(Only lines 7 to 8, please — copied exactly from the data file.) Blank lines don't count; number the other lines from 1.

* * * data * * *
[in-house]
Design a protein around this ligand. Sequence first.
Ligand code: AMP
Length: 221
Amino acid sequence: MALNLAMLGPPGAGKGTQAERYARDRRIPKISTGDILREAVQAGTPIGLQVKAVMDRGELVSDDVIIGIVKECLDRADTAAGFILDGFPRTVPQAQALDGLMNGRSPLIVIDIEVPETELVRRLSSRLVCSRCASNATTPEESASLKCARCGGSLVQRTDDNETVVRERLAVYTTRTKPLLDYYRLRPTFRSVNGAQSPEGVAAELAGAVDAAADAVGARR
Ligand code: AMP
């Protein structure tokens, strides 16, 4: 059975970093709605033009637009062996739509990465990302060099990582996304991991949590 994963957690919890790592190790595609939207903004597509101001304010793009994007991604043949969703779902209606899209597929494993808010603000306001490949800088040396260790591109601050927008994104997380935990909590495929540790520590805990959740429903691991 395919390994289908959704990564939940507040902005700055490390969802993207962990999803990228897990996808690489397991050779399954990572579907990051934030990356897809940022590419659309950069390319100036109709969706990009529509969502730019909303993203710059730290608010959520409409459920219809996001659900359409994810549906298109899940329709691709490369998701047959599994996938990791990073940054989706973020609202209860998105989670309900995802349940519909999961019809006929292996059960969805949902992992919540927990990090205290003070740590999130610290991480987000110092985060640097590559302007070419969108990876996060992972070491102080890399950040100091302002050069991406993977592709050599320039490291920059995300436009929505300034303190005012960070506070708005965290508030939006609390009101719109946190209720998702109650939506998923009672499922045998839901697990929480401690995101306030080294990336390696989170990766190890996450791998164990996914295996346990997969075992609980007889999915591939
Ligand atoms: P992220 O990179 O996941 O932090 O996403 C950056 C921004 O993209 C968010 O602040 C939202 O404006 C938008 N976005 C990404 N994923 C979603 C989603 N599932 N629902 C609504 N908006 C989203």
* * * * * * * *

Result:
């Protein structure tokens, strides 16, 4: 059975970093709605033009637009062996739509990465990302060099990582996304991991949590 994963957690919890790592190790595609939207903004597509101001304010793009994007991604043949969703779902209606899209597929494993808010603000306001490949800088040396260790591109601050927008994104997380935990909590495929540790520590805990959740429903691991 395919390994289908959704990564939940507040902005700055490390969802993207962990999803990228897990996808690489397991050779399954990572579907990051934030990356897809940022590419659309950069390319100036109709969706990009529509969502730019909303993203710059730290608010959520409409459920219809996001659900359409994810549906298109899940329709691709490369998701047959599994996938990791990073940054989706973020609202209860998105989670309900995802349940519909999961019809006929292996059960969805949902992992919540927990990090205290003070740590999130610290991480987000110092985060640097590559302007070419969108990876996060992972070491102080890399950040100091302002050069991406993977592709050599320039490291920059995300436009929505300034303190005012960070506070708005965290508030939006609390009101719109946190209720998702109650939506998923009672499922045998839901697990929480401690995101306030080294990336390696989170990766190890996450791998164990996914295996346990997969075992609980007889999915591939
Ligand atoms: P992220 O990179 O996941 O932090 O996403 C950056 C921004 O993209 C968010 O602040 C939202 O404006 C938008 N976005 C990404 N994923 C979603 C989603 N599932 N629902 C609504 N908006 C989203």